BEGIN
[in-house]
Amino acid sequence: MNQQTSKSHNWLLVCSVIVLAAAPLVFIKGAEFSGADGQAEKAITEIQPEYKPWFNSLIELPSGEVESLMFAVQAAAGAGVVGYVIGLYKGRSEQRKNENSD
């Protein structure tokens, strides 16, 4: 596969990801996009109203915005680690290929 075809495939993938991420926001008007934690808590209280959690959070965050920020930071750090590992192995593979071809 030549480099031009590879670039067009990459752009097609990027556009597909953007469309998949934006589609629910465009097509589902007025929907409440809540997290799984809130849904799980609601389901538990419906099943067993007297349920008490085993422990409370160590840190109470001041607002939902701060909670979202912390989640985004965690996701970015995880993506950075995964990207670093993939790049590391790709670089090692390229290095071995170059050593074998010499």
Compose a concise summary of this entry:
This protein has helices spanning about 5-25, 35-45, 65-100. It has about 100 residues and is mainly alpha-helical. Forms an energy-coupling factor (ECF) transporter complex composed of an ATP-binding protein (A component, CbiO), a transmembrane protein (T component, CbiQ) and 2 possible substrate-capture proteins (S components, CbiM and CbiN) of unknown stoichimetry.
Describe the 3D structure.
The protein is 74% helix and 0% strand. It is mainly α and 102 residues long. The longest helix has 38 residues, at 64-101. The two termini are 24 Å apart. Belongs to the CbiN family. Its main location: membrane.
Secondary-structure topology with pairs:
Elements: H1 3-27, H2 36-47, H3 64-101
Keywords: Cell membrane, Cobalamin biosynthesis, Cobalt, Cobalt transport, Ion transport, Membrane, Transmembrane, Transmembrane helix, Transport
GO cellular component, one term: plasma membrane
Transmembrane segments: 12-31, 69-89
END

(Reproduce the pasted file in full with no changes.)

[in-house]
Amino acid sequence: MNQQTSKSHNWLLVCSVIVLAAAPLVFIKGAEFSGADGQAEKAITEIQPEYKPWFNSLIELPSGEVESLMFAVQAAAGAGVVGYVIGLYKGRSEQRKNENSD
């Protein structure tokens, strides 16, 4: 596969990801996009109203915005680690290929 075809495939993938991420926001008007934690808590209280959690959070965050920020930071750090590992192995593979071809 030549480099031009590879670039067009990459752009097609990027556009597909953007469309998949934006589609629910465009097509589902007025929907409440809540997290799984809130849904799980609601389901538990419906099943067993007297349920008490085993422990409370160590840190109470001041607002939902701060909670979202912390989640985004965690996701970015995880993506950075995964990207670093993939790049590391790709670089090692390229290095071995170059050593074998010499």
Compose a concise summary of this entry:
This protein has helices spanning about 5-25, 35-45, 65-100. It has about 100 residues and is mainly alpha-helical. Forms an energy-coupling factor (ECF) transporter complex composed of an ATP-binding protein (A component, CbiO), a transmembrane protein (T component, CbiQ) and 2 possible substrate-capture proteins (S components, CbiM and CbiN) of unknown stoichimetry.
Describe the 3D structure.
The protein is 74% helix and 0% strand. It is mainly α and 102 residues long. The longest helix has 38 residues, at 64-101. The two termini are 24 Å apart. Belongs to the CbiN family. Its main location: membrane.
Secondary-structure topology with pairs:
Elements: H1 3-27, H2 36-47, H3 64-101
Keywords: Cell membrane, Cobalamin biosynthesis, Cobalt, Cobalt transport, Ion transport, Membrane, Transmembrane, Transmembrane helix, Transport
GO cellular component, one term: plasma membrane
Transmembrane segments: 12-31, 69-89